Wikipaella on Mission to Save Paella 2

This is paella

From The Guardian, February 24, 2014–Horrified by chefs making paella with ingredients including poached eggs and avocados, three men from Spain’s Valencian region have banded together to fight what they call the increasing “prostitution” of one of the country’s most emblematic dishes. Wikipaella aims to help “police” paella around the world, said co-founder Guillermo Navarro. 

“It’s a dish that’s really trendy these days. And there’s lots of people taking advantage of it and selling what they call authentic, traditional or Spanish paella.” More…

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Valencian Gastronomy is Paella Plus Reply

This is paella

(Above, the preparation of a paella valenciana “como Dios manda,” “as God commands”). Gastronomically speaking Valencia has it all. It’s not only Spain’s premier rice growing region but it’s also renowned for “la huerta” which provides them–and much of Europe–with a wealth of year-round truck crops. The dryer inland areas produce olive oil. Then, of course, there’s the fish and shellfish from Valencia’s Mediterranean coast.  Take note, however, you won’t find any of those sea beasties frolicking on the top of an authentic, down-home paella valenciana. (See authentic list of ingredients here.) Valencia even exports a lot of wine, though most Spaniards are not aware of that fact.

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Take a Quick Zoom Through Spanish Culture Reply

teatro romano Merida

This four-and-a-half-minute video, one of the Spanish tourist office’s time-lapse series, shows us 2,000 years of Spanish cultural history. From the prehistoric remains and cave drawings in the Altamira Caves, the Roman theater at Merida, the Moorish castles and the great Gothic cathedrals down to today’s museums, science parks and other cultural milestones in Barcelona, Madrid, Valencia, Palma de Mallorca, Valencia, Bilbao and dozens of other places, Spain is one of the best places to discover or revisit European art and culture.

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Spain On the Road Again, Part 12 – A Fishy Paella for Foreign Visitors Reply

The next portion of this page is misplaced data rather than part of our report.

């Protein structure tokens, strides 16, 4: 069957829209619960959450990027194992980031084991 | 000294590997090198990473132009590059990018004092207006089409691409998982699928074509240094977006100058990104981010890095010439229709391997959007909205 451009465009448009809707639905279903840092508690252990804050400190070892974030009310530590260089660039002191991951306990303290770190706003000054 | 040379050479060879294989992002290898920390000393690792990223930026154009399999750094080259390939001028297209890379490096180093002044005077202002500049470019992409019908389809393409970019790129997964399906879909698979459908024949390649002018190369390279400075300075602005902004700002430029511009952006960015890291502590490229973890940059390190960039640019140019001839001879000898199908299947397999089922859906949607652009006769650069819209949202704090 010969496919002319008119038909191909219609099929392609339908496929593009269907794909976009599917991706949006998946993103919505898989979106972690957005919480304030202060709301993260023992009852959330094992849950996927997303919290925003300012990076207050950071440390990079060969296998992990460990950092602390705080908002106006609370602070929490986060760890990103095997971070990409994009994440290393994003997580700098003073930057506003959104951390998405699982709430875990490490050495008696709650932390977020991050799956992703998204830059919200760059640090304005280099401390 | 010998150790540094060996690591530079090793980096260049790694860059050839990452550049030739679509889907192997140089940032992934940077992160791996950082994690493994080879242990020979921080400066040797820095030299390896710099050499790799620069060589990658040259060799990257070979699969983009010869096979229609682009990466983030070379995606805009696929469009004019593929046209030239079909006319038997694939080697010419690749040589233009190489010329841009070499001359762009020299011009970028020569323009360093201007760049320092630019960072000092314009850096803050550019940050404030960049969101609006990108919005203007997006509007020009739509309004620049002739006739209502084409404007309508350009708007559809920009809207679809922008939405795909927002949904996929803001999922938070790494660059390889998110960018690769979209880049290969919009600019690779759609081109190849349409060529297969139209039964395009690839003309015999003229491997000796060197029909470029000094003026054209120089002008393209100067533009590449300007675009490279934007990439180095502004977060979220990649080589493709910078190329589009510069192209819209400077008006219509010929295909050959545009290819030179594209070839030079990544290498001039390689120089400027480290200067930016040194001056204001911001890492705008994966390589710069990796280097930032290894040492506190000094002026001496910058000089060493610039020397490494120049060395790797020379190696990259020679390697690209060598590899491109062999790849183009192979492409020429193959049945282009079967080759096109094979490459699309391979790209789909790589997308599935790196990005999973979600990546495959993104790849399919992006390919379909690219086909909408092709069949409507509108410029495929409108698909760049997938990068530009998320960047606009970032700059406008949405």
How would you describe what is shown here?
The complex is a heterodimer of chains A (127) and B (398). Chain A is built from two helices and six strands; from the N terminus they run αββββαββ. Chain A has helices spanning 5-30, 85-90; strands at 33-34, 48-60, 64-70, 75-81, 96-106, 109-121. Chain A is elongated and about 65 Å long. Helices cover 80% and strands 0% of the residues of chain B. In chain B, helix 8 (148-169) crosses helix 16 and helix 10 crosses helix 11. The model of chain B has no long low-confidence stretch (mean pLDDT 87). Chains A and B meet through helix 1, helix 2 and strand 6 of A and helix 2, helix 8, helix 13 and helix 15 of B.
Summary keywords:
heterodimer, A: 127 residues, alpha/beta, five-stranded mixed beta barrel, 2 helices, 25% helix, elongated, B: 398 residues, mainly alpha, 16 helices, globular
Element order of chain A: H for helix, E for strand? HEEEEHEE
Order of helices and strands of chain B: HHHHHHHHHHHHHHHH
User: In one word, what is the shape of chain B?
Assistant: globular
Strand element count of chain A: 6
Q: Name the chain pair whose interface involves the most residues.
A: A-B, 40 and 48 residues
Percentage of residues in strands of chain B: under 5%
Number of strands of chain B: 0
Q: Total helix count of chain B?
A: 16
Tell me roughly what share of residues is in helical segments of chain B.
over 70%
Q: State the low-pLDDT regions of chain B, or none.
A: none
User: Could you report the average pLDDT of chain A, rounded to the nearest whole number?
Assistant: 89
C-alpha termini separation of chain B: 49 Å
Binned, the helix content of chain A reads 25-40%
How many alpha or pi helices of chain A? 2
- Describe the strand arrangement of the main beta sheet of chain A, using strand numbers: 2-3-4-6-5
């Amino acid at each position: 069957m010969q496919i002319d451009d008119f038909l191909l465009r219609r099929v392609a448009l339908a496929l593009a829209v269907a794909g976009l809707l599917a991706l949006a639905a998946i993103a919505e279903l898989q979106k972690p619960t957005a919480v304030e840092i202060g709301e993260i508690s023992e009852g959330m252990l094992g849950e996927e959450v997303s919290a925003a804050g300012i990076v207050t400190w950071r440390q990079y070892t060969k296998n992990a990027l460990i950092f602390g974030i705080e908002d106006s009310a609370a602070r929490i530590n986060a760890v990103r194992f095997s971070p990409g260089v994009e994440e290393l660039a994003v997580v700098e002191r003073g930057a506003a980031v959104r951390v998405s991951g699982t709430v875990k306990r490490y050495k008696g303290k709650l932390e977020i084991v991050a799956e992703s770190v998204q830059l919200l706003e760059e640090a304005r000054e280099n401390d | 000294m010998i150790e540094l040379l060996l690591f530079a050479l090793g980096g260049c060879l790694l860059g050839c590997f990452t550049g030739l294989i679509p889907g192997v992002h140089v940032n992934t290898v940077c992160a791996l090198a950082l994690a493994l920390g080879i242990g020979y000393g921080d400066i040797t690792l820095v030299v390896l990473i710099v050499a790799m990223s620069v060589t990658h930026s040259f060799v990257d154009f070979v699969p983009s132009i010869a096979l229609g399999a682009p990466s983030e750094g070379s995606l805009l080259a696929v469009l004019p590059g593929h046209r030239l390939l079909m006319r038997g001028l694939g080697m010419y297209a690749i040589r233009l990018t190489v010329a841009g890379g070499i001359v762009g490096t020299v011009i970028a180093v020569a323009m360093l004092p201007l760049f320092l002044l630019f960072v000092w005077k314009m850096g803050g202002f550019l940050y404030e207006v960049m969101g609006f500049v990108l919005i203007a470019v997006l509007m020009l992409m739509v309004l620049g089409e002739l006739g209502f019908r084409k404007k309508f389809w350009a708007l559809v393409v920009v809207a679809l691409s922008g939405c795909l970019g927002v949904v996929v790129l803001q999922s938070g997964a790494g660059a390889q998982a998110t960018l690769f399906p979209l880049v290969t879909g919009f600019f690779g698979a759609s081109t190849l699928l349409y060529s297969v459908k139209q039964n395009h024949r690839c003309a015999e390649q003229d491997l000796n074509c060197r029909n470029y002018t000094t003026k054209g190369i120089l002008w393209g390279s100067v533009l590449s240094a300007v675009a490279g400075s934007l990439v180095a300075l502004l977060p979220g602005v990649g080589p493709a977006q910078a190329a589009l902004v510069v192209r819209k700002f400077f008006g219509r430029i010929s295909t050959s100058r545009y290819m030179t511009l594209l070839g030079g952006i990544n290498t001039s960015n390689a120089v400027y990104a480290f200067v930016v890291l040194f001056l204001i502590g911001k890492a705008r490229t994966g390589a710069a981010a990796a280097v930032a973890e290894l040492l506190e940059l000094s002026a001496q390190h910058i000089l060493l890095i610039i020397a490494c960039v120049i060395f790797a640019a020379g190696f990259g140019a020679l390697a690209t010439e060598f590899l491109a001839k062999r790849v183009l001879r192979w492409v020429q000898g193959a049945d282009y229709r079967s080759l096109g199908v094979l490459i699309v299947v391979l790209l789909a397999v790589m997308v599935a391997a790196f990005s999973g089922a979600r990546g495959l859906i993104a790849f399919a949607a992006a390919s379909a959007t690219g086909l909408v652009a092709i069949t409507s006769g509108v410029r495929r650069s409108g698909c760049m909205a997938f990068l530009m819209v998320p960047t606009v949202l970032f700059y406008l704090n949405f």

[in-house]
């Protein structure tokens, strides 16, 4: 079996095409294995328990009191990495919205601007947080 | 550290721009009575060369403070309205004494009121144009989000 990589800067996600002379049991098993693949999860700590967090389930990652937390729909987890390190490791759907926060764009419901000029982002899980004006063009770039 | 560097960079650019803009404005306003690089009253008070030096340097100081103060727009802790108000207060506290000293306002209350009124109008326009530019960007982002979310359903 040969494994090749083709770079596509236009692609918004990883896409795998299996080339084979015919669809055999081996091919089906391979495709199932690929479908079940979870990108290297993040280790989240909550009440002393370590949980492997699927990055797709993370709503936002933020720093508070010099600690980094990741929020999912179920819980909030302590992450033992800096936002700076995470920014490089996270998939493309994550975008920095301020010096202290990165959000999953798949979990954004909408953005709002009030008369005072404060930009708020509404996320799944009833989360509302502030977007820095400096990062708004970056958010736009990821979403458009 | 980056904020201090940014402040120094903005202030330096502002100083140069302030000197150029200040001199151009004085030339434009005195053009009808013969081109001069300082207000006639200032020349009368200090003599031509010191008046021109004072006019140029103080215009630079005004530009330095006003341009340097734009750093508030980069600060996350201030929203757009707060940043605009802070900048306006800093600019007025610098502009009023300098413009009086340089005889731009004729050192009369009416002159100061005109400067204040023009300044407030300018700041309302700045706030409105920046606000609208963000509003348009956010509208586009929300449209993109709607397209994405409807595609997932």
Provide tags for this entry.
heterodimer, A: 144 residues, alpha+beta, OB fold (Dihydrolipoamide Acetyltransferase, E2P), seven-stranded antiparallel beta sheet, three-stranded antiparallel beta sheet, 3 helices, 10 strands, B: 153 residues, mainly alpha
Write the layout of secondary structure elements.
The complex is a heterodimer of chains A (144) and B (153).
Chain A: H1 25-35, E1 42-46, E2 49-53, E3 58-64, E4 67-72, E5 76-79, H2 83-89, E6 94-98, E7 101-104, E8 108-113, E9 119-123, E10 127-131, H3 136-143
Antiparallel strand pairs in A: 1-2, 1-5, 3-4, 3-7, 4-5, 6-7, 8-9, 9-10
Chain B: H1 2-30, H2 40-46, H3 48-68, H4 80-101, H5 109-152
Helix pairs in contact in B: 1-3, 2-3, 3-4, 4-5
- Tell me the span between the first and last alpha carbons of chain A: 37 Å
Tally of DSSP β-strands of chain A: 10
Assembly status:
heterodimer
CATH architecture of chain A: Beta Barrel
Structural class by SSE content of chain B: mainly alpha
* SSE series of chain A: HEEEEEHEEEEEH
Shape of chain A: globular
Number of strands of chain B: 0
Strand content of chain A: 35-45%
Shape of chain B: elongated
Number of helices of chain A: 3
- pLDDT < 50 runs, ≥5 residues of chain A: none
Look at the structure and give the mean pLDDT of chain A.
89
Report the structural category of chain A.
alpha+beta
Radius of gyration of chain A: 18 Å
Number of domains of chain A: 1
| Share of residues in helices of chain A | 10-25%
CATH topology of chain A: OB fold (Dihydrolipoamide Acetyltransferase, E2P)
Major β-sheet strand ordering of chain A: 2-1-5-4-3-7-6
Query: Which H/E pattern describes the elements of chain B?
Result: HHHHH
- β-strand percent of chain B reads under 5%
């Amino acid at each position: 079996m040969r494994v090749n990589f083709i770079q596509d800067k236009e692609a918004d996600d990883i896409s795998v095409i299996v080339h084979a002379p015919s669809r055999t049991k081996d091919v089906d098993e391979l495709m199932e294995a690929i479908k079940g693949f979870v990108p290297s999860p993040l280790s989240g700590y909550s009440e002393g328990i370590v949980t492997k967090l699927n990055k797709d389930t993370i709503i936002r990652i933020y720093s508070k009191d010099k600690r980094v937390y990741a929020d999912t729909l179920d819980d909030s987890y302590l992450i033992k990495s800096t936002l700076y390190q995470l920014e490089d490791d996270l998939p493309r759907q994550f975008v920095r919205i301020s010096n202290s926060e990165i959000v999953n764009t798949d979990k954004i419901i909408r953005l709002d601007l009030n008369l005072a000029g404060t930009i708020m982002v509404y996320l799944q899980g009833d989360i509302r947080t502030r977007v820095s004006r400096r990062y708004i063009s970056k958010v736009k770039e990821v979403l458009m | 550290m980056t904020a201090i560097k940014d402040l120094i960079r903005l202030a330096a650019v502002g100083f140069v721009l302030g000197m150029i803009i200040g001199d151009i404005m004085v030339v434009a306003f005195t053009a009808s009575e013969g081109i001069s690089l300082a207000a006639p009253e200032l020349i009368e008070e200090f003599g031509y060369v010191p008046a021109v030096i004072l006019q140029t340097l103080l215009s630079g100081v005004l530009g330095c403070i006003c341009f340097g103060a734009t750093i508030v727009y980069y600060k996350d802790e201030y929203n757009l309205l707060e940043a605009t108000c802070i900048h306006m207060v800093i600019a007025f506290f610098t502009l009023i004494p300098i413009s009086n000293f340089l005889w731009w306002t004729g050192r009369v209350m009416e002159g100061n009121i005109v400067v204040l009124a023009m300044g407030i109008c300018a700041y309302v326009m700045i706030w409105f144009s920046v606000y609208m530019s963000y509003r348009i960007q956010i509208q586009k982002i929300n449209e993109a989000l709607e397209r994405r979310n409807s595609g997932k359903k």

On Road AgainGwyneth is in heaven as the road trip heads to Valencia, a paella–lover’s paradise. Mario and Gwyneth spread a blanket out on a wild Mediterranean dune and swap stories about their long histories with Spain. Both had the rare opportunity to come here as adolescents and never got Spain out of their blood. Meanwhile, Mark and Claudia tour Santiago Calatrava’s futuristic City of Arts and Sciences.

Gwyneth and Mario venture into the rice fields of the Albufera to learn to cook a surprisingly non-traditional, seemingly market-driven seafood paella valenciana made with onions and seafood by a grumpy Zen Master Paellero, then eat it with the family. The four pilgrims are reunited at the end of the day over a dinner of broadbean secrets and canned tapas at local bar, Casa Montaña. The final leg of the road trip heads to Madrid for a drive around the city looking at skyscrapers. More…

It’s Official: The World’s Best Paella is from Santa María del Campo Rus (Cuenca) 5

Note: Here below is the list of ingredients for Valencia’s most authentic paella. Try this at home!

Worlds best paellaSeptember 15, 2013, Madrid’s El Mundo newspaper, translation ¡Alegria!–A restaurant in the province of Cuenca, el Posada Real, in the town of Santa María del Campo Rus, has won first prize in the International Paella Valenciana contest celebrated in the Valencian town of Sueca. This town located in the center of Valencian rice country has hosted this paella contest, generally conceded to be the most important of its kind in Spain, for the past 53 years. According to the jury of experts, chef Julián García of el Posada Real restaurant produced “the best paella in the world” and took home a diploma and 2,500 euros in cash. Second place and a prize of 1,500 euros went to the Casa Picanterra restaurant from Cullera (Valencia). The third place prize of 1,000 euros went to the Cambao restaurant from Miami (USA). More…